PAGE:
Kaiser Permanente is recruiting at least 100 Oregonians to attend one of the state’s first trials for coronavirus vaccines.
Trials could begin immediately next week for volunteers who must receive health care through the Kaiser network to participate.
Britta Torgrimson-Ojerio, a nursing researcher at the Kaiser Permanent Center for Health Research, said volunteers are eager to enroll.
“We already have a tremendous response from our membership in the Kaiser,”; she said, “which I think is a tribute to how much people believe in helping to find a vaccine that will help our community get out of social unrest.” and economic that we ‘get into this pandemic.’
The center is one of three Kaiser countries across the country engaged in vaccine trials, which was developed by Pfizer and its German partner BioNTech. The companies, under a $ 2 billion contract with the Trump administration, are part of what the White House calls Operation Warp Speed, an effort to dramatically reduce the amount of time it takes to develop a working and distributing coronavirus vaccine.
The Pfizer vaccine is one of eight in the world that have entered phase three trials – the final phase before a drug can be administered to the public. Another trial for a vaccine developed by the company Moderna is taking place in Medford.
Oregonians attending the Kaiser trial will be part of a larger sample of 1,400 participants in Oregon and California, and 30,000 participants worldwide. People with serious medical conditions, such as cancer, will be examined.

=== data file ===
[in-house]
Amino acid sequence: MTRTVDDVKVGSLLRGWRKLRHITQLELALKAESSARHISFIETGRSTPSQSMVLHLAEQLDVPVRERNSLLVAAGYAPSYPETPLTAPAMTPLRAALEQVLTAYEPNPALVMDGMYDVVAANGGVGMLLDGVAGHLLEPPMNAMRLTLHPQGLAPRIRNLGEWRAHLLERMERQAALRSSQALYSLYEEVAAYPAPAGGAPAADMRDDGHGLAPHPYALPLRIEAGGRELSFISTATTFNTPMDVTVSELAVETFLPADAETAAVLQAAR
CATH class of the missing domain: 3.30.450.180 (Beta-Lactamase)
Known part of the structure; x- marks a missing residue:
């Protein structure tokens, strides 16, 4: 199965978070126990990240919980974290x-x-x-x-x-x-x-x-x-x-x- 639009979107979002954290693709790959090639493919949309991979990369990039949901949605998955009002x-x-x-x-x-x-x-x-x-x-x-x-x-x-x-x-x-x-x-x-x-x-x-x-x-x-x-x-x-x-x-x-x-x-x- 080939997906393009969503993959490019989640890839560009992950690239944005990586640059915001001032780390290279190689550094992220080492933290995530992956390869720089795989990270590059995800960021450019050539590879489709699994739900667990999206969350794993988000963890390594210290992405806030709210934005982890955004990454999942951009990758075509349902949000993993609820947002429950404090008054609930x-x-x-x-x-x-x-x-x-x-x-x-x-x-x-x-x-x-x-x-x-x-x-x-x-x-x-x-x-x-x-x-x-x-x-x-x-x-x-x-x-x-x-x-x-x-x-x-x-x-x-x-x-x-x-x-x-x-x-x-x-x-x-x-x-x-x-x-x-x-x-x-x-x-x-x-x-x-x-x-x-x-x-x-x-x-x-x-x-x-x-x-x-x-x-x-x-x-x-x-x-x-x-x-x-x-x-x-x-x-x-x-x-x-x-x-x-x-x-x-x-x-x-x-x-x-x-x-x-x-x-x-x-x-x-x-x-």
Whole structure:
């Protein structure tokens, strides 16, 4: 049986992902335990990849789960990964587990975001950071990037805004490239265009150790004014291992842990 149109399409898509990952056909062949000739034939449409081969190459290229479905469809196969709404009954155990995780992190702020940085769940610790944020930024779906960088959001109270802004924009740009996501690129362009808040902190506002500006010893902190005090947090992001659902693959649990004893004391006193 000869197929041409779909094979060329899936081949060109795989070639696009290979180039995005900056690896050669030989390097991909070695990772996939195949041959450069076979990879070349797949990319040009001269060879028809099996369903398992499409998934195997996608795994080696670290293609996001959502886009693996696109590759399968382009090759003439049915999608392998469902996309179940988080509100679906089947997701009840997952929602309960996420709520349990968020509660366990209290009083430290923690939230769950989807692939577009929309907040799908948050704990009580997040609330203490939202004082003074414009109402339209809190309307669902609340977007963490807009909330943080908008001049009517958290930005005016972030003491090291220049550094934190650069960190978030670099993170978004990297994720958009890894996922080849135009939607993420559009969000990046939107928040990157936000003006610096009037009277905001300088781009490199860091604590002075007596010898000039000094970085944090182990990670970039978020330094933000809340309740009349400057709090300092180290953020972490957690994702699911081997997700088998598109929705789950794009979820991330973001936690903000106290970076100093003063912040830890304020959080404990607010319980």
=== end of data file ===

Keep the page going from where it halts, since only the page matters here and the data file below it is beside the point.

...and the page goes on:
Participants will sign a waiver of responsibility, Torgrimson-Ojerio said, but they are free to wrap up their trial at any point.
“It’s really important for any research that has the potential risk associated with it to work closely with participants and explain to them the potential harm and benefit,” she said.
Selected Oregonians will participate in what is called a double trial. Half will get the vaccine and half will get a sedative. They will not know what they are getting.
Participants will register and report back to the Kaiser for any side effects, which, like the flu shot, may include coronavirus symptoms. They will also receive a “boost” vaccine weeks after the first injection.
Kaiser will collect data for two months, then report it to Pfizer.
The researchers will analyze the effectiveness by determining whether coronavirus infections are more prevalent among people who received the vaccine or placebo, Torgrimson-Ojerio said. Healthcare professionals should also be sure that the side effects from the vaccine are manageable.
The U.S. Food and Drug Administration will ultimately decide if the vaccine is ready for the market.
Vaccines usually take years to complete before they are cleared for medical use. The rapid pace of coronavirus trials has sparked concern among scientists who fear rising political pressure could lead to difficult results.
The United States has registered more than 5.2 million coronavirus infections and 166,900 have died, according to a New York Times database.
“I really believe we do not want to accelerate through this process because the best way to get through this difficult time in this pandemic is to get a vaccine that works and works for a diverse community and population of people,” he said. Torgrimson-Ojerio.
– Bryce Dole; email@example.com; 541-660-9844; @DoleBryce